A number of these consultations related to the extension of rights to children under the Additional Support for Learning Act.  This significant development came into practice on 10 January 2018 and is the largest extension of rights to children and young people in this field across Europe.  Rights are extended to children aged 12-15, who are able to use their rights.  Those rights are almost the same as those enjoyed by young people and parents, the exceptions being that the right to make a placing request, the right to be a party in mediation (although children’s views are now required to be sought and provided as part of mediation processes).  

The code of practice for additional support for learning, was updated, and published on 20 December 2017, alongside non-statutory guidance on the assessment of capacity and adverse impact on wellbeing.

In support of children using their rights the Scottish Government established the My Rights, My Say service.  This service which is delivered through partnerships between Enquire, Partners in Advocacy, and Cairn Legal offers:

  • Advice and information
  • Advocacy Services
  • Legal Advice and Information, and
  • An independent children’s views service.

The service was established on 10 January 2018.  Importantly, an MSYP was part of the process of evaluating the bids for the service and in selecting the preferred suppliers.  Demonstrating our commitment to ensuring that children and young people are enabled to influence key decisions on policy delivery.

There were also further developments with the transfer of the Additional Support Needs Tribunals for Scotland into the new first tier tribunal structure.  The Tribunal will look and feel very similar for those who use it, but will benefit from consistency of approach across other Tribunals.  The specialism of the Additional Support Needs Tribunal’s functions and its staff have been recognised and preserved as part of this change.  This change came into practice on 12 January 2018.

The consultation on guidance on the presumption of mainstream education ran from 2 November to 9 February and drew 362 responses.  The analysis of these responses will be drawn together with the outcomes from the research in the experiences of pupils, families and those who provide support in schools and authorities.  

The consultation on the Doran Review 10 year strategy also closed in 2017.  The consultation drew 61 responses.  These will be used to inform the next steps on the implementation of the Doran Review recommendations.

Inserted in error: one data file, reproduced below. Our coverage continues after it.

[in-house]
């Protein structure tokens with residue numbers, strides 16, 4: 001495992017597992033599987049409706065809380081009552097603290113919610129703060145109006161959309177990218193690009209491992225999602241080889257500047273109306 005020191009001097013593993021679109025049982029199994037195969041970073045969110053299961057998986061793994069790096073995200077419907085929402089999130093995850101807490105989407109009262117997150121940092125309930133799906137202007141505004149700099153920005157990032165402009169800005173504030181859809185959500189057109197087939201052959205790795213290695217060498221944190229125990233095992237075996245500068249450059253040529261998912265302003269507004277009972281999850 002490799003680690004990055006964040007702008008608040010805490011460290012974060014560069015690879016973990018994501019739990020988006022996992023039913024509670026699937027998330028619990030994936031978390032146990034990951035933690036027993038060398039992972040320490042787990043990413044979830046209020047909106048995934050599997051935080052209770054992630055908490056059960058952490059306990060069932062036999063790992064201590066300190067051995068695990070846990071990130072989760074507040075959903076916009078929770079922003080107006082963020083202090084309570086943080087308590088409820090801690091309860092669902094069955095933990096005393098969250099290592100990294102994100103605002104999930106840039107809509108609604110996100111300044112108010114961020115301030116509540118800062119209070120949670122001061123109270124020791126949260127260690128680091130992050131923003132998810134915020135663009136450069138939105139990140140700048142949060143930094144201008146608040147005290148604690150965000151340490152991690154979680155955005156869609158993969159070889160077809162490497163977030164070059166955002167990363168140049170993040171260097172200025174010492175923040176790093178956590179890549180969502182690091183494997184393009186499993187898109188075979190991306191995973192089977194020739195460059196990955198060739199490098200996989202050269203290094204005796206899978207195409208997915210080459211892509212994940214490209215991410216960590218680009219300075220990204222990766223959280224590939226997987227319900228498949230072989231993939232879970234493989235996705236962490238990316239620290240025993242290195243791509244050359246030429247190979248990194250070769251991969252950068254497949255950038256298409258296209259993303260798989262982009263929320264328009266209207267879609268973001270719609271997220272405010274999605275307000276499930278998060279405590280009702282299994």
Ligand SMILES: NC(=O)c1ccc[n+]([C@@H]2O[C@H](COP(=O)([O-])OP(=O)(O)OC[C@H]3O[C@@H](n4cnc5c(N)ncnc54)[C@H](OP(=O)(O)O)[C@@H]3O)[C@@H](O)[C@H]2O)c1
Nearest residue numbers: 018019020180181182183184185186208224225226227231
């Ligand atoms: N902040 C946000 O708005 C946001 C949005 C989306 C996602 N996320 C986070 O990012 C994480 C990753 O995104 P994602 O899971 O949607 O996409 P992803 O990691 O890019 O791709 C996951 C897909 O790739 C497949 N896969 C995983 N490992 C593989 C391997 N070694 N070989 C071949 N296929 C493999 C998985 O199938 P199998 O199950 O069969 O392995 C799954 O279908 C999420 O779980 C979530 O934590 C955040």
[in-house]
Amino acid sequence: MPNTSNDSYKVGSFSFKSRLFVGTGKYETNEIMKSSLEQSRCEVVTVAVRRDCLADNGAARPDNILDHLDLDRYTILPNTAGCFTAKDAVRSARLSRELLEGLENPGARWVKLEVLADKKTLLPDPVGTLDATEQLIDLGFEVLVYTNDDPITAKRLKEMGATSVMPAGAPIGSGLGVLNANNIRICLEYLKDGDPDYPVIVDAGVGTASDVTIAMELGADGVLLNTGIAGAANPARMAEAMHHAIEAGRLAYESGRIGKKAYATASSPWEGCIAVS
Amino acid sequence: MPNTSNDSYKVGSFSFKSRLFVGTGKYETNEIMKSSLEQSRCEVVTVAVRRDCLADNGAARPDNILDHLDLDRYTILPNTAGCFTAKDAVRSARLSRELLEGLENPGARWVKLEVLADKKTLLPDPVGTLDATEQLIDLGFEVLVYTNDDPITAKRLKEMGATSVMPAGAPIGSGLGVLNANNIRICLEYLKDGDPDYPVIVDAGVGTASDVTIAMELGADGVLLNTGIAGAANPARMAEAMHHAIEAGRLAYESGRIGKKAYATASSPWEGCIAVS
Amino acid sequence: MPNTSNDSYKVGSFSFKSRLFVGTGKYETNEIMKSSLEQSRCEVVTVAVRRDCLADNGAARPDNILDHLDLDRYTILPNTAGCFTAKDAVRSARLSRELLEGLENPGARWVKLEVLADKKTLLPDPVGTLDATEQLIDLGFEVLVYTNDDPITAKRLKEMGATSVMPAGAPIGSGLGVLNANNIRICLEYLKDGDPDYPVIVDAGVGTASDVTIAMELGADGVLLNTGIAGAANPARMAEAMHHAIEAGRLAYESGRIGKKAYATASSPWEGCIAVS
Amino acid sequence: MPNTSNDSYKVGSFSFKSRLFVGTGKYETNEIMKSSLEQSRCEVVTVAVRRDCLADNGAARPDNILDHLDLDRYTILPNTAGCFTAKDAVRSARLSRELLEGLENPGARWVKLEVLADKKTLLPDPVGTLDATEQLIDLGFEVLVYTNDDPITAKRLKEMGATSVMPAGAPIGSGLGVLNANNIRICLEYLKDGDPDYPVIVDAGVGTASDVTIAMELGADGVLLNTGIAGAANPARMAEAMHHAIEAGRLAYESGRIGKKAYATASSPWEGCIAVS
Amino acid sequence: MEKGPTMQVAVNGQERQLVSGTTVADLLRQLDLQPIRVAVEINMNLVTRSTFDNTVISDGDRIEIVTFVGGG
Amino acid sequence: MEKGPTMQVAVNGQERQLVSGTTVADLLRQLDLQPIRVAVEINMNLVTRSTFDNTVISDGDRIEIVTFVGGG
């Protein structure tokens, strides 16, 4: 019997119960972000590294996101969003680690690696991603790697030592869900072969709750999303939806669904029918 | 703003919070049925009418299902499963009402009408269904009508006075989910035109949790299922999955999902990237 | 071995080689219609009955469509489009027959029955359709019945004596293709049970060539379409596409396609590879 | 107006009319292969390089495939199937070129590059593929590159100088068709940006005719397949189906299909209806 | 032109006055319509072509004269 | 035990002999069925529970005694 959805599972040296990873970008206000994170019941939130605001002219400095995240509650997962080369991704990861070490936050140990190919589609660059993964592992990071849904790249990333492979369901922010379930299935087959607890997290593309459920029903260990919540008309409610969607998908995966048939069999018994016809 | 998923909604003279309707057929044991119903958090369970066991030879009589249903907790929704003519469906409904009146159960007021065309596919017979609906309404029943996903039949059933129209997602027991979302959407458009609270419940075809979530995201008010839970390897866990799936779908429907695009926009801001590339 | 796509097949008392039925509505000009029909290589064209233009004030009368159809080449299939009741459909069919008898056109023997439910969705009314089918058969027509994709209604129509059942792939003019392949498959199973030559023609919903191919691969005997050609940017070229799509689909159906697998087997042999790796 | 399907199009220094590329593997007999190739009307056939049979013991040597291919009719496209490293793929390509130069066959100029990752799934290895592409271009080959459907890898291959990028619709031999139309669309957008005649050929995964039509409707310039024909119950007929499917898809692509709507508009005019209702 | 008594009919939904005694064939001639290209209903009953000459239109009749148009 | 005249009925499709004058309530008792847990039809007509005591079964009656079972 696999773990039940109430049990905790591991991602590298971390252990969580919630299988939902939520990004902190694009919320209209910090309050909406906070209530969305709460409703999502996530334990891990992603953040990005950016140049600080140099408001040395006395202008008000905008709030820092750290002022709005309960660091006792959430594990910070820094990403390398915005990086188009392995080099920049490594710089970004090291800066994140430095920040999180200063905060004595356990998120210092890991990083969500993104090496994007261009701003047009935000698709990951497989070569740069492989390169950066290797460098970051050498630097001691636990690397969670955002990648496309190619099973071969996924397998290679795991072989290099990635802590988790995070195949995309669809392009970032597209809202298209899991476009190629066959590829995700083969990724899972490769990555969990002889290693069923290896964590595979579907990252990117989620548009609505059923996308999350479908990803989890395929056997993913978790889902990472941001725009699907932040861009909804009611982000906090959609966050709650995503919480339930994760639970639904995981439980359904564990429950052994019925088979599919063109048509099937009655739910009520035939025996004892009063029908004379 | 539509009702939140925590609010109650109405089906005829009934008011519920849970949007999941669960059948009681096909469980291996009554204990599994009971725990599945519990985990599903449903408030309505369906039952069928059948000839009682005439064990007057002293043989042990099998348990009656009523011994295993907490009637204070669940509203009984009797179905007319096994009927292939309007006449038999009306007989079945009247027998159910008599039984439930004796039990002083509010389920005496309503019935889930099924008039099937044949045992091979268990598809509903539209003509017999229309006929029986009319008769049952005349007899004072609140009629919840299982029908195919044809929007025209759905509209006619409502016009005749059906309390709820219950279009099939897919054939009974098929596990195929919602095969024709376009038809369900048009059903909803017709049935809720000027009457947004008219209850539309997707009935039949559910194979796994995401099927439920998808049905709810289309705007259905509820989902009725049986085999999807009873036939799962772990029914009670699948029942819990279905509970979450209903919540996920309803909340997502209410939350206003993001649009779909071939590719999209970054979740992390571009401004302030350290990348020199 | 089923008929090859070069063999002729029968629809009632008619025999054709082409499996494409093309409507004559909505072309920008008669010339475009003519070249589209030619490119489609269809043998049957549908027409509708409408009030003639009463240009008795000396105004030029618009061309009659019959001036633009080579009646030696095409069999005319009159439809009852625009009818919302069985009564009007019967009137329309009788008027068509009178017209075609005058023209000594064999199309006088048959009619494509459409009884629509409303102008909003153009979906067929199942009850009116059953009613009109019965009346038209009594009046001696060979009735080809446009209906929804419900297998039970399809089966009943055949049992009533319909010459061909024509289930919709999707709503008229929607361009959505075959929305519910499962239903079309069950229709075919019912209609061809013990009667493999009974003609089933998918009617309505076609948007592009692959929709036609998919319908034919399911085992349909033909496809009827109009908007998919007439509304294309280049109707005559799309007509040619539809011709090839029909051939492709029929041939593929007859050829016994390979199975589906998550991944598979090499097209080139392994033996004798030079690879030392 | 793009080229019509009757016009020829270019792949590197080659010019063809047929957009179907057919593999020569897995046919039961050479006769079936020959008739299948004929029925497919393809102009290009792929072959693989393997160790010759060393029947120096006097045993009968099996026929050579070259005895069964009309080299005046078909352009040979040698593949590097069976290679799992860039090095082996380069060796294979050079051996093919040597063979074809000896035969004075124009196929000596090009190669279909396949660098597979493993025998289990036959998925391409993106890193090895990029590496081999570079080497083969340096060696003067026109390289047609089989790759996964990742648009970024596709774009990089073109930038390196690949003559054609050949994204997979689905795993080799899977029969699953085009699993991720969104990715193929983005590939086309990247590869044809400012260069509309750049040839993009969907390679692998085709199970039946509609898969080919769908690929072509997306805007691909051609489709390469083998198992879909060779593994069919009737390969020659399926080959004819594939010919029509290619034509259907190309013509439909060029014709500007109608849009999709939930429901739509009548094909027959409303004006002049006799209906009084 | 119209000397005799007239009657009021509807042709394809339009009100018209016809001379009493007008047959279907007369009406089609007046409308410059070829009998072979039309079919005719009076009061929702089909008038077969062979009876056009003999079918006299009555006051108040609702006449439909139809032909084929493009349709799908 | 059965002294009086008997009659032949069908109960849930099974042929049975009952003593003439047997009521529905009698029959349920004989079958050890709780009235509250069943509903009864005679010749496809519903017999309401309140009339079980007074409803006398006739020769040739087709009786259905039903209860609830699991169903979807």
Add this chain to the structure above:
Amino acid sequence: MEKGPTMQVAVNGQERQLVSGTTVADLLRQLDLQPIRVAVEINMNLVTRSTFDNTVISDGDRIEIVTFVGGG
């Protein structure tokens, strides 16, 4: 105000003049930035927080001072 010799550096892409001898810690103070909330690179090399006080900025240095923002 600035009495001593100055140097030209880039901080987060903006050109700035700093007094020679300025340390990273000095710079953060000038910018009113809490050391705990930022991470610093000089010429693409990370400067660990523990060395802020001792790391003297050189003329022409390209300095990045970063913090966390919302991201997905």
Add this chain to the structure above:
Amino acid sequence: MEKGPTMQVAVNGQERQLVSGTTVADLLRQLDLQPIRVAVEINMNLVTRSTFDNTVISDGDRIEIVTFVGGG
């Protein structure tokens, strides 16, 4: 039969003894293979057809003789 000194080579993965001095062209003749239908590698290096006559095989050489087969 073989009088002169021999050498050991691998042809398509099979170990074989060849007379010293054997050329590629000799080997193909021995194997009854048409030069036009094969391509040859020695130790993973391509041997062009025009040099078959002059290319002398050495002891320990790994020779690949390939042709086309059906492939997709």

There is a particular focus on the needs of pupils who are from Travelling families.  A consultation on draft guidance was undertaken and the draft guidance has been updated in light of the comments received as part of the consultation.  

The Young Ambassadors for Inclusion have an important role in shaping and developing policy and its implementation.  

The Young Ambassadors for Inclusion are young people with additional support needs who have been nominated by their local authority to join a network which provides an opportunity for them to share their views and experiences of Scottish education. A total of 26 local authorities have been represented since the network began. 

Through discussion and activities, the Young Ambassadors have identified the ways they feel schools are doing well in their provision of inclusive education and also where improvements could be made.  Their views have influenced the development of policy, and have shaped the guidance to children about the Tribunal, and how Tribunals should work for young people.

The Inclusion Ambassadors met with John Swinney, Deputy First Minister and Cabinet Secretary for Education and Skills on 21 June 2017.  The Ambassadors spoke to Mr Swinney about work they had done on the themes of Friendship and Belonging, Positive Attitudes, Awareness, Asking for Help and Support (see below).  

A significant development in this year has been their film 'Ask Us, Hear Us, Include Us'.  The Young Ambassadors were keen to share their views on what works in inclusive education. They decided to create a film which could allow their views to be heard and help staff understand how to support young people with additional support needs.  As you will see from the film, they were involved in all aspects of its development.

Parliamentary Interest

In March 2017 the Education Committee considered the implementation of Additional Support Needs.  The Committee reported on 15 May 2017 and John Swinney, Deputy First Minister and Cabinet Secretary for Education and Skills responded to the Committee’s recommendations on 26 July 2017.  A number of the actions highlighted above are reflected in the response to the Committee. 


This report sets out a range of information to provide an overview of the implementation of the additional support for learning Act during 2017 and early 2018.  The report highlights that there are strengths but also challenges for implementation, and as we strive for continuous improvement, we will seek to build on strengths as we address challenges.  It is fitting that the final word in this report is given to the Young Ambassadors for Inclusion.  These are the conclusions on ‘Support’ that they presented to John Swinney, Deputy First Minister and Cabinet Secretary for Education and Learning on 21 June 2017, and which we seek to embody in our further work on implementation.